The icing on the cake!

I was born in Poole and amongst my ancestors there was a baker, a dressmaker and several teachers, so maybe it was pre-ordained that I should become a Home Economics teacher.

My chosen college had been evacuated to Bournemouth with various hotels in Boscombe occupied as halls of residence and many lectures were held at the Lansdowne College and the Pokesdown Polytechnic. Life in my first year ’44-45’ was somewhat hectic, but by September ’45 we had moved back to London.

My first 8 years teaching were in Hertfordshire and Hampshire, then I returned to Poole and spent the next 29 years at Parkstone Grammar School, where I myself had been a pupil.

Having opted to specialise in needlework and dressmaking that became my preference throughout my teaching years and it soon became clear that my cookery skills should become more  of a hobby.

Over the last 70 years I have had the pleasure of making many cakes for all kinds of celebration, weddings, birthdays, christenings, anniversaries, retirements, the list is endless. At school I made a model of the new building when we moved from Ashley Cross to Sopers Lane and I used to make cakes for my colleagues as they retired. As far as possible these were linked to the subjects they had taught so there was The Globe Theatre, a Grand Piano and a Greenhouse to name but a few.

On my early cakes I used royal icing which was a very time consuming process but for years now I have been converted to the fondant variety. I used to pipe all the little roses, I must have made thousands, but while I was attending a U3A Art class, I was conscious  of a Sugarcraft Class the other side of the partition in our Sharland Hall, so transferred and gained a very different skill.

In 1955 my mother and I moved from Poole to Broadstone and as the new probationer minister for this church was lodging with us we could hardly continue attending what is now the Spire where my mother’s forebears had worshipped since the nineteenth century.

Since those days I have had the privilege of holding many positions within the church and circuit. Besides having been every sort of steward I was the Church Treasurer for a while and for 30 years Covenant and Gift Aid secretary (Maths always was my favourite subject at school).

In 2003 when this present building was first opened I was offered and accepted the job of organising the coffee lounge. I soon realised that we needed something edible other than biscuits to sell with the coffee, so introduced and made flapjack and became known as the flapjack lady.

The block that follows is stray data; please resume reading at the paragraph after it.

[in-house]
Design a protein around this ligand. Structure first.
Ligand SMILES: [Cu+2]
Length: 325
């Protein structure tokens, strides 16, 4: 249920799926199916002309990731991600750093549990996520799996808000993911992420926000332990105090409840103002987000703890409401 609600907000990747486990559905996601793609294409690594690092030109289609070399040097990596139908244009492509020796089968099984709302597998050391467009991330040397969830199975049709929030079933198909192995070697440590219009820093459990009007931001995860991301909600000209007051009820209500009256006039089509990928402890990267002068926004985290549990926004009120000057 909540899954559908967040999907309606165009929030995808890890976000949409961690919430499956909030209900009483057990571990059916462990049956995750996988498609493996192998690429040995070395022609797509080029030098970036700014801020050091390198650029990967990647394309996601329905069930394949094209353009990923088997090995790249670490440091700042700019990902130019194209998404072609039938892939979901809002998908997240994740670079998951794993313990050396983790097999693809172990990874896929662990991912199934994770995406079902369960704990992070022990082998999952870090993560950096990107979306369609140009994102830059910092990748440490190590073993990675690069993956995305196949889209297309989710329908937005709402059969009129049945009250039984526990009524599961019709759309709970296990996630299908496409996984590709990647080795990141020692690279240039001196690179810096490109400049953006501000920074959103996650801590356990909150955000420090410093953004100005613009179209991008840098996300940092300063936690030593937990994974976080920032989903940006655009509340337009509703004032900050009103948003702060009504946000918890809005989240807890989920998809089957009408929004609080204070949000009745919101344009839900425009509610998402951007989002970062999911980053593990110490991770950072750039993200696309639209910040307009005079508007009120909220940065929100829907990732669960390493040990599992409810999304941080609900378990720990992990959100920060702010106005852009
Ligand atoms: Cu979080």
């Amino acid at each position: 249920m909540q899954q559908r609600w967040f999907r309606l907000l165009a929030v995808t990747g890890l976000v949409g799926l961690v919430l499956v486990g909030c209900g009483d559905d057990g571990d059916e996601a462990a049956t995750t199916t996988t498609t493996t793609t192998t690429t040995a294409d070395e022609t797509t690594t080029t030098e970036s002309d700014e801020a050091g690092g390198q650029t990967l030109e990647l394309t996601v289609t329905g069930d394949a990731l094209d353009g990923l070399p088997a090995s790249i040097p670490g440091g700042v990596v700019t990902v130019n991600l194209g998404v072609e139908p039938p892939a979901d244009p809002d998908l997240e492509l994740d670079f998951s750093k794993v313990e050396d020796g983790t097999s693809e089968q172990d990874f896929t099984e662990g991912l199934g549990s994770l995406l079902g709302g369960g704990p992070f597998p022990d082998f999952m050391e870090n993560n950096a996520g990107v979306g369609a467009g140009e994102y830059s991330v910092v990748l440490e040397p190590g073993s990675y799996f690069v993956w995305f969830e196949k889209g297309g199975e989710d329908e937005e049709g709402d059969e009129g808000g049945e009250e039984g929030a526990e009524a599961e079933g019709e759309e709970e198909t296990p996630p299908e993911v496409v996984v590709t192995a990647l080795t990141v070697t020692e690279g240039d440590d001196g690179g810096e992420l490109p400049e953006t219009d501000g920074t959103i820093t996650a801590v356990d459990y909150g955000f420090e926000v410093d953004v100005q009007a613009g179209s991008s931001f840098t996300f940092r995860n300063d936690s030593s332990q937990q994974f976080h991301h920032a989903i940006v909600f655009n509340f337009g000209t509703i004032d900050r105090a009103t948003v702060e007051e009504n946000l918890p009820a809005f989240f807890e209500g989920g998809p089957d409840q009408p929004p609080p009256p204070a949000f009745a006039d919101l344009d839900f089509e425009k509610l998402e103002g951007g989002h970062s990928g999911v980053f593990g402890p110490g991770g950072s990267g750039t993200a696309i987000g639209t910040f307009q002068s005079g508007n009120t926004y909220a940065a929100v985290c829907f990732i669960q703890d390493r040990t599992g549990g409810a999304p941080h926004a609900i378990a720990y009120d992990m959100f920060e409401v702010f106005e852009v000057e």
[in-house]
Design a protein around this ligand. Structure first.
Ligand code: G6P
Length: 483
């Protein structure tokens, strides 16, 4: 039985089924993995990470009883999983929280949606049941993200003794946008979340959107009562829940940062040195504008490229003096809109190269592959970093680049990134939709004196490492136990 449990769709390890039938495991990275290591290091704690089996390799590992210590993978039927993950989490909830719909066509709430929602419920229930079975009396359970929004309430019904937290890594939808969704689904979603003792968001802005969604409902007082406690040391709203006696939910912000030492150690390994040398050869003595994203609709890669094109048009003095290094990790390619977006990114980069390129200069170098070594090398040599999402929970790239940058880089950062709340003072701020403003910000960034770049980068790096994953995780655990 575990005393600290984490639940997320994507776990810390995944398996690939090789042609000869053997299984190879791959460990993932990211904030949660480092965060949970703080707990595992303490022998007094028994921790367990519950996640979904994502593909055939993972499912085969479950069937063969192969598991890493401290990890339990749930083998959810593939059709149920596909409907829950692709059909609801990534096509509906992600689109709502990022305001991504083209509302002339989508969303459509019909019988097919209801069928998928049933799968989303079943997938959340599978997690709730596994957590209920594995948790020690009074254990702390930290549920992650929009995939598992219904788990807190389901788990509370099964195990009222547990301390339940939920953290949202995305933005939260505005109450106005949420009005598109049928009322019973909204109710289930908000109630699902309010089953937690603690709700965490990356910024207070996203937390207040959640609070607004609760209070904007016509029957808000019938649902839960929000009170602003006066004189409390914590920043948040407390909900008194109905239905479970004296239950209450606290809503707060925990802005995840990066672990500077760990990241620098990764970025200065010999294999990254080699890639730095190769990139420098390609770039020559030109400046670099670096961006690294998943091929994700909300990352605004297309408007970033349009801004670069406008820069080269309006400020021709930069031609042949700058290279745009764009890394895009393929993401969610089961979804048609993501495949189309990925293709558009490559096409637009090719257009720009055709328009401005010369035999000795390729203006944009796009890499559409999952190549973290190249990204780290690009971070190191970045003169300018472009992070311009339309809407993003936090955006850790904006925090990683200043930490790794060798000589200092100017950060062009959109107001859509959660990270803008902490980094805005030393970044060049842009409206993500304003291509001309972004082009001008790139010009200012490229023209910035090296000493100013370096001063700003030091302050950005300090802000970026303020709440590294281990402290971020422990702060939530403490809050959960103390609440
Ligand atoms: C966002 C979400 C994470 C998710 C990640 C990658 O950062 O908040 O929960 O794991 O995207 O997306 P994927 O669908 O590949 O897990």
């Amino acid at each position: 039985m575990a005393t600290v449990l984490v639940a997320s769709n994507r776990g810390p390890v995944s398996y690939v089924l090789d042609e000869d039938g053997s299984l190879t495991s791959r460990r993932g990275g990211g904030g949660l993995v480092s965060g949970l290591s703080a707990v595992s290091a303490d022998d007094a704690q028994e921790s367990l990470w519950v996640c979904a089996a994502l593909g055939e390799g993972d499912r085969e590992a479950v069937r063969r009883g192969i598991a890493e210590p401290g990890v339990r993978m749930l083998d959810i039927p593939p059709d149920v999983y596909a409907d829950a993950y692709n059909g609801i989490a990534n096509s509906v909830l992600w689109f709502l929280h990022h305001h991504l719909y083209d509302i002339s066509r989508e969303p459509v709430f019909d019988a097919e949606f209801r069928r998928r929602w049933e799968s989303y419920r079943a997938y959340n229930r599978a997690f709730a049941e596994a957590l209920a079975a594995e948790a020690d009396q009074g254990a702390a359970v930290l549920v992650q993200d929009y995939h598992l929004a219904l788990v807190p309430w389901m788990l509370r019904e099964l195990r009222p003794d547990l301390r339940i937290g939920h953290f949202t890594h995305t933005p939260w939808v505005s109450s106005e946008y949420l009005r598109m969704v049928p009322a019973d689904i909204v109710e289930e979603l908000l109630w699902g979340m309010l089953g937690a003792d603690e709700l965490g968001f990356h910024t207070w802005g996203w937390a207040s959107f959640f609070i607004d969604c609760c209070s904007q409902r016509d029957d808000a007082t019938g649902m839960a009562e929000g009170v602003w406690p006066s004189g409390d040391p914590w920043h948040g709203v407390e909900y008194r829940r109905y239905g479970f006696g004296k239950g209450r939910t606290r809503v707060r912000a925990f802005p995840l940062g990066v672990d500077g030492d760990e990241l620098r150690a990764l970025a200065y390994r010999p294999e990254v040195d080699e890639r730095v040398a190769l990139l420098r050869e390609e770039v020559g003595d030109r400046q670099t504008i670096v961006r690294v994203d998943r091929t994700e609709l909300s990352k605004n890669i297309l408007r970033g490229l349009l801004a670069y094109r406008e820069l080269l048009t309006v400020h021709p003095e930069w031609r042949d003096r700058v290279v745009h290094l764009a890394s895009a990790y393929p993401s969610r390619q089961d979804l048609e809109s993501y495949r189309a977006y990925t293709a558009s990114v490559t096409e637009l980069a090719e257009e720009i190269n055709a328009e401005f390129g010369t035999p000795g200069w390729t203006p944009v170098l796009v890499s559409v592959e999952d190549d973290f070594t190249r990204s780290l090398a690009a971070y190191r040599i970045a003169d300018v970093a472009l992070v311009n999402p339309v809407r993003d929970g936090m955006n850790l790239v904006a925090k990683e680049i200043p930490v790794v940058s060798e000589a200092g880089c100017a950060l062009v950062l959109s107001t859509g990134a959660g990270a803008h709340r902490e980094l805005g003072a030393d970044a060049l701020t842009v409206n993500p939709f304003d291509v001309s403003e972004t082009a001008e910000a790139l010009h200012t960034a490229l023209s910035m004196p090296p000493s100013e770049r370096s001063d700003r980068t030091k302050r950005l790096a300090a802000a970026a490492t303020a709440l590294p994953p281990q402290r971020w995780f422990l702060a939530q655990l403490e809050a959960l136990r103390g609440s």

There have also been occasions in the church when sewing was required and consequently I have made two sets of collection bags (one set back in 1976) the grand piano cover, the  runner for the communion table and taken a hand in some of the banners displayed on the sanctuary wall as the church year progresses. Having assisted in the making of a cassock for our minister in the early 1980’s I eventually made 5 more. Apart from one black one, they were all made in grey school skirt material which I used to obtain from a mill in Leeds for parents who wished to save money by making parts of school uniform, but that is another story as are the 2 years I spent teaching in the Treloar Hospital school; my cookery class for the blind in the late 1950’s, the dressing of school plays including Shakespeare and Gilbert and Sullivan, and my experiences in the Girl Guide movement.

With advancing years and deteriorating eyesight I find I can sing with feeling Jenny Hewer’s hymn “Father I place into your hands the things I cannot do”, and I have recently looked up and read with more understanding than in my schooldays John Milton’s sonnet on his blindness.

I believe that all gifts are God given and it is our duty where possible to use them to His glory. Mine have given me so much pleasure and I am gratified to know that I have passed them on especially within my family and that I am not forgotten by the many ladies, many retired, who stop me and remind me that I taught them.

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